No one knew the cause.  The poor night vision of this variety of blackbird makes nocturnal flight extremely rare.  Some had speculated that fireworks had frightened the birds from their roost, but the county vet was doubtful.  Some blamed the frequency of thunderstorms during the previous week, but the last thunderstorm had ended days earlier.  Others remembered the death of a flock of ducks that had fallen to the ground dead near Hot Springs in 2001.  Those deaths were attributed to a lighting strike or, possibly, hail.  But, again, there had been no storm during the last flight of Beebee’s blackbirds. [2]

During the following week, “Several hundred dead birds” were found near Murray State University in Murray, Kentucky.  The birds were “scattered around” several city blocks.  “No one could determine the cause of death,” but speculation was that “[i]t could be something in the weather.” [3]

As the news spread, one woman, living in Marshall County, Kentucky, came forward to report that she had found dozens of dead birds on her property throughout that same Christmas season. [4]

Then, on January 5, 2011, just days after the mass bird deaths in Arkansas, 500 birds were found dead on a Louisiana highway.  The location was only about 300 miles away from Beebee.  The dead birds were of three species: blackbirds, starlings, and sparrows.  Louisiana officials believed the birds fell to their deaths after “flying into a power line.”  However, the reason why 500 birds would engage in this amazingly precise flying maneuver was “still a mystery.”  [5]

Although no one immediately concluded that the weather was to blame, soon a thunderstorm was discussed as a possible cause.  Again, however, the last thunderstorm had ended days before these birds’ last flight.  With the timing of the thunderstorm so far off the mark, attention turned to a rare weather phenomenon that could suck birds into the air, hold them and, then, drop the birds, in mass, at a particular location. [6]  The 2001 deaths of the Hot Springs ducks made another appearance in media reports to illustrate weather-related bird deaths.

Pathologists all agreed that trauma was the cause of death — a broken breastbone.  In other words, the birds died from the impact as they hit the ground.  However, the reason why the birds fell out of the sky and hit the ground could not be determined.

Stress was placed on the toxicology report.  These blackbirds, starlings, and sparrows hadn’t been poisoned.  However, it’s not clear whether pathologists checked for an unusual and expensive poison like DRC-1339, which affects only a small group of bird species.  This poison metabolizes quickly in a bird’s system so that insects and animals that scavenge the dead bird would not be affected.  DRC-1339 is marketed under the commercial name that says it all: Starlicide.  [7]

After all those stories about the “mysterious” decline in North American bird populations, it turns out that at least one factor is about as mysterious as the decline in insect populations after a visit by the exterminator.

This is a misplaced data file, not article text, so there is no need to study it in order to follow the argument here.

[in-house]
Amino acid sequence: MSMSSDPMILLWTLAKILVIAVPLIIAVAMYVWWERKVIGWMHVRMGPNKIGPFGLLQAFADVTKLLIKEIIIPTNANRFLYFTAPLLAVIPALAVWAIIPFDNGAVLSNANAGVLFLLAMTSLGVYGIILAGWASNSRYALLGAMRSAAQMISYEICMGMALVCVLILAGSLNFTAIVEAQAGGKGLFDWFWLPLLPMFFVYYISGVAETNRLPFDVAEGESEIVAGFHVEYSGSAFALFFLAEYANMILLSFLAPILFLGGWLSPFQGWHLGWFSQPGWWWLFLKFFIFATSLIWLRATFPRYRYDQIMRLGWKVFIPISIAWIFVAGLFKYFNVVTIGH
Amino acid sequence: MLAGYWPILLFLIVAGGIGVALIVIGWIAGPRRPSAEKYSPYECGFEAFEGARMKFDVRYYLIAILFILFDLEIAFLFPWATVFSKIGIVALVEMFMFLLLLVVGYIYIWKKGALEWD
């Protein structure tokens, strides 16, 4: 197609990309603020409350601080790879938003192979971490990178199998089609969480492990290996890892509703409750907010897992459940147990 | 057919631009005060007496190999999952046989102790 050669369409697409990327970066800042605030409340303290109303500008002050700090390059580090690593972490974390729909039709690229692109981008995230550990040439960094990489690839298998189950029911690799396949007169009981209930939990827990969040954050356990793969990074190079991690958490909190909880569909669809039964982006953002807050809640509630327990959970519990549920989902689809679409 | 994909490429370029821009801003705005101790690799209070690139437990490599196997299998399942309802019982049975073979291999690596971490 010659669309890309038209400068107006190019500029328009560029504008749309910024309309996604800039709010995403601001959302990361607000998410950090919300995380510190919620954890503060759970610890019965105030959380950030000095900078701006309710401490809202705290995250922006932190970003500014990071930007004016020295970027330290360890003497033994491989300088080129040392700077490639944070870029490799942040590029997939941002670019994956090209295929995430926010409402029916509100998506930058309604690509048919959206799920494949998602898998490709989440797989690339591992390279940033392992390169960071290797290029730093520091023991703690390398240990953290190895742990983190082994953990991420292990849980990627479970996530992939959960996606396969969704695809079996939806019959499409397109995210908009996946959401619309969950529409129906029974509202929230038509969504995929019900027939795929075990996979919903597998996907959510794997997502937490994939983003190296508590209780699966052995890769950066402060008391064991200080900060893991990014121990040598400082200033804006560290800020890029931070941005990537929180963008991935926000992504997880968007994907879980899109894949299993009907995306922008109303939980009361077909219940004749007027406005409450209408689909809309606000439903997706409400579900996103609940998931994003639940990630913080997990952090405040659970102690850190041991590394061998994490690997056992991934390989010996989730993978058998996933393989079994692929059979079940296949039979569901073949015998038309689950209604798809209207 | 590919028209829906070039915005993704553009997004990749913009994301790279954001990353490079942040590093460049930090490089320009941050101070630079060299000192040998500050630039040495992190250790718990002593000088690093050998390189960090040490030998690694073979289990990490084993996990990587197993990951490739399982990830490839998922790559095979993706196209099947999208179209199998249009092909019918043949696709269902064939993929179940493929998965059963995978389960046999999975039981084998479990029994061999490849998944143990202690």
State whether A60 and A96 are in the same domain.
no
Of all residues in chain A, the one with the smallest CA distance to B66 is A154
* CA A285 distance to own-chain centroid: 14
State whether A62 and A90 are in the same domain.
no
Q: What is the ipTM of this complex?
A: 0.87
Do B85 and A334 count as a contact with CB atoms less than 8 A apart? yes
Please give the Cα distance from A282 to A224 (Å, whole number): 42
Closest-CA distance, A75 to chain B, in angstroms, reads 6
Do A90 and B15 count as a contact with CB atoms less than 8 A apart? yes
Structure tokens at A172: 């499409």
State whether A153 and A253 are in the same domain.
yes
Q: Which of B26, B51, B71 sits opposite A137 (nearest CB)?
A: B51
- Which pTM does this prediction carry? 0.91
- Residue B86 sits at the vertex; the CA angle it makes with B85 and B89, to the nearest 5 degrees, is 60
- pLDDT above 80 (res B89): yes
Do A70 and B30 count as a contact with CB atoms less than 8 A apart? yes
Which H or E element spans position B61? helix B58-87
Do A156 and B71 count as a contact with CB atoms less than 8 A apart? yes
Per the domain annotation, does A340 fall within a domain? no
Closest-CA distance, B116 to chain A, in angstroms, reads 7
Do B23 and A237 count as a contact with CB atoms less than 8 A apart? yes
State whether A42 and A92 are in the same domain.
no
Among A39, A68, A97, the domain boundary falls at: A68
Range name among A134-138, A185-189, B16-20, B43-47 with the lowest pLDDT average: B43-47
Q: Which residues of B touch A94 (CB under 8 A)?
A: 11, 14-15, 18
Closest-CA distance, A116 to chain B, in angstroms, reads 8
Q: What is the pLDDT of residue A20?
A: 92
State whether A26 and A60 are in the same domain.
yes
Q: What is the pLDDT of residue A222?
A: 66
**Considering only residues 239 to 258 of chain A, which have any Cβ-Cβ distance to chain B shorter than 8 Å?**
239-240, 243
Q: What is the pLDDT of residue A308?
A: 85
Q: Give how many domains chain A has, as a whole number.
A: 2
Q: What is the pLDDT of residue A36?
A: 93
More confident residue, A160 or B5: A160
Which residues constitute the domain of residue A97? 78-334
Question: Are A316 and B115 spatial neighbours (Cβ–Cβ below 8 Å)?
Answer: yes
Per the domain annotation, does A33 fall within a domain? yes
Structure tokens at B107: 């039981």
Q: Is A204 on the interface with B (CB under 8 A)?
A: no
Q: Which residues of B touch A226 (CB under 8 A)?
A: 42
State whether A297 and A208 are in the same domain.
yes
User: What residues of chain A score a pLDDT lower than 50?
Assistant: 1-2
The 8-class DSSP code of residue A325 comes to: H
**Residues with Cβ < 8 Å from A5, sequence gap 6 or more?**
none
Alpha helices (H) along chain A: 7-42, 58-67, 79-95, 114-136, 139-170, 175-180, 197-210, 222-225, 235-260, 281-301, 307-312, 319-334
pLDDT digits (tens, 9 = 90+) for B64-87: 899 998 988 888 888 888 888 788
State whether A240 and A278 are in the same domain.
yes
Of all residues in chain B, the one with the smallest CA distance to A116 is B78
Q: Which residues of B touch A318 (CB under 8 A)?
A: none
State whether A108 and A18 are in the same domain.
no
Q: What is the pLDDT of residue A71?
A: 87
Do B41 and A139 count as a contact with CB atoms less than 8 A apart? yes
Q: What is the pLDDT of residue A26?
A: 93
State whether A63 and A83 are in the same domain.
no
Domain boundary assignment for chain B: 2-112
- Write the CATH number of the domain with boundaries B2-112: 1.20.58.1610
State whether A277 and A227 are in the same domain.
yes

This story ends in Yankton Riverside Park in the City of Yankton, South Dakota, on the morning of January 18, 2011 — just 18 days after the first mass death in Beebee, Arkansas.  Residents were puzzled and alarmed to find hundreds of dead birds in the park.  The event received substantial publicity and a police investigation began. [8]

Like the reports of other bird die-offs over the past weeks, this latest mass death remained unexplained.  Accounts of the mysterious deaths were repeated by mystified naturalists.  Environmentalists were sure that some enjoyable aspect of modern life was responsible and, of course, should be stopped.  Those with an apocalyptic streak even worried that these mass bird deaths were a sign of the end of world.

Then, the United States Department of Agriculture contacted the Yankton Police.  The USDA representative explained that the Department of Agriculture had poisoned the birds at a location south of Yankton — adding, pleasantly, that they were surprised the birds made it as far north as Yankton before dying. [9]

This story begins with a Nebraska farmer.  We’ll call him Farmer Jones.  He complained to the USDA that starlings were defecating in his feed meal.  The USDA investigated and concluded that the birds were causing “agricultural damage.”  Also, feed meal contaminated with bird poop was “a threat to human health.”

This confronted the USDA with a difficult decision.  They had to find the most humane, economical, and least disruptive means of dealing with the problem.  On the one hand, they could provide Farmer Jones with a cover for his feed meal.  On the other hand, they could obtain a deadly poison and begin a program of mass bird extermination.  Weighing all the factors, it was apparent that mass bird extermination was the only possible solution.

Quickly consulting their staff experts, the USDA obtained large quantities of DRC-1339, a deadly poison called Starlicide, and began the implementation of their new program. Thousands of birds were allowed to feed on the poison and die.  But the USDA felt this should be the start of something really big.  They made it so.